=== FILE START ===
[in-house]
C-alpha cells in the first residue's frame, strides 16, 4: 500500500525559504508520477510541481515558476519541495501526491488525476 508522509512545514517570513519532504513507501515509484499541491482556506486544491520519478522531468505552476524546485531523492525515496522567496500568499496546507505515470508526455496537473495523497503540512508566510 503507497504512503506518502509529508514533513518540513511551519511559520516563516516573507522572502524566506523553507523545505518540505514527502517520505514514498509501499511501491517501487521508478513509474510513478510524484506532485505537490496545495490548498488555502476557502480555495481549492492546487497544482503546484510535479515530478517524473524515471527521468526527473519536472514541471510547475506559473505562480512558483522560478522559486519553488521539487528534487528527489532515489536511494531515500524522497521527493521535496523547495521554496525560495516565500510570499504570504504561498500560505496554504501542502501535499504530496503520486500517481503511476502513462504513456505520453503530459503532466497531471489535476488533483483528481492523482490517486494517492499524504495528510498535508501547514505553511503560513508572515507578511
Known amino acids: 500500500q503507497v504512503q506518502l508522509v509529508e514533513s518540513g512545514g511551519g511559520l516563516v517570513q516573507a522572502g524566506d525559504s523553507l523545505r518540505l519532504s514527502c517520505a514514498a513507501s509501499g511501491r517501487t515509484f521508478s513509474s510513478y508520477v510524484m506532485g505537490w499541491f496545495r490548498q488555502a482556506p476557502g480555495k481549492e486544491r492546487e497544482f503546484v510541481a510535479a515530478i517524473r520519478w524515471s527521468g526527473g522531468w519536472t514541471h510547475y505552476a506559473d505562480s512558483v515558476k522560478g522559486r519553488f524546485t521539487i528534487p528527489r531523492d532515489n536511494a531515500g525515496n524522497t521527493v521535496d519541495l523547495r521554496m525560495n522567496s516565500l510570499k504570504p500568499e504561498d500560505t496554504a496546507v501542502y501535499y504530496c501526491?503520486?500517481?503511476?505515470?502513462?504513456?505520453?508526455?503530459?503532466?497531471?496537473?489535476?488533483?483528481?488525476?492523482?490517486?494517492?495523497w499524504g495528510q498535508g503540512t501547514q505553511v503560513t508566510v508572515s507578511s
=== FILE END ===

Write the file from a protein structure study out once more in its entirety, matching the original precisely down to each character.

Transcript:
[in-house]
C-alpha cells in the first residue's frame, strides 16, 4: 500500500525559504508520477510541481515558476519541495501526491488525476 508522509512545514517570513519532504513507501515509484499541491482556506486544491520519478522531468505552476524546485531523492525515496522567496500568499496546507505515470508526455496537473495523497503540512508566510 503507497504512503506518502509529508514533513518540513511551519511559520516563516516573507522572502524566506523553507523545505518540505514527502517520505514514498509501499511501491517501487521508478513509474510513478510524484506532485505537490496545495490548498488555502476557502480555495481549492492546487497544482503546484510535479515530478517524473524515471527521468526527473519536472514541471510547475506559473505562480512558483522560478522559486519553488521539487528534487528527489532515489536511494531515500524522497521527493521535496523547495521554496525560495516565500510570499504570504504561498500560505496554504501542502501535499504530496503520486500517481503511476502513462504513456505520453503530459503532466497531471489535476488533483483528481492523482490517486494517492499524504495528510498535508501547514505553511503560513508572515507578511
Known amino acids: 500500500q503507497v504512503q506518502l508522509v509529508e514533513s518540513g512545514g511551519g511559520l516563516v517570513q516573507a522572502g524566506d525559504s523553507l523545505r518540505l519532504s514527502c517520505a514514498a513507501s509501499g511501491r517501487t515509484f521508478s513509474s510513478y508520477v510524484m506532485g505537490w499541491f496545495r490548498q488555502a482556506p476557502g480555495k481549492e486544491r492546487e497544482f503546484v510541481a510535479a515530478i517524473r520519478w524515471s527521468g526527473g522531468w519536472t514541471h510547475y505552476a506559473d505562480s512558483v515558476k522560478g522559486r519553488f524546485t521539487i528534487p528527489r531523492d532515489n536511494a531515500g525515496n524522497t521527493v521535496d519541495l523547495r521554496m525560495n522567496s516565500l510570499k504570504p500568499e504561498d500560505t496554504a496546507v501542502y501535499y504530496c501526491?503520486?500517481?503511476?505515470?502513462?504513456?505520453?508526455?503530459?503532466?497531471?496537473?489535476?488533483?483528481?488525476?492523482?490517486?494517492?495523497w499524504g495528510q498535508g503540512t501547514q505553511v503560513t508566510v508572515s507578511s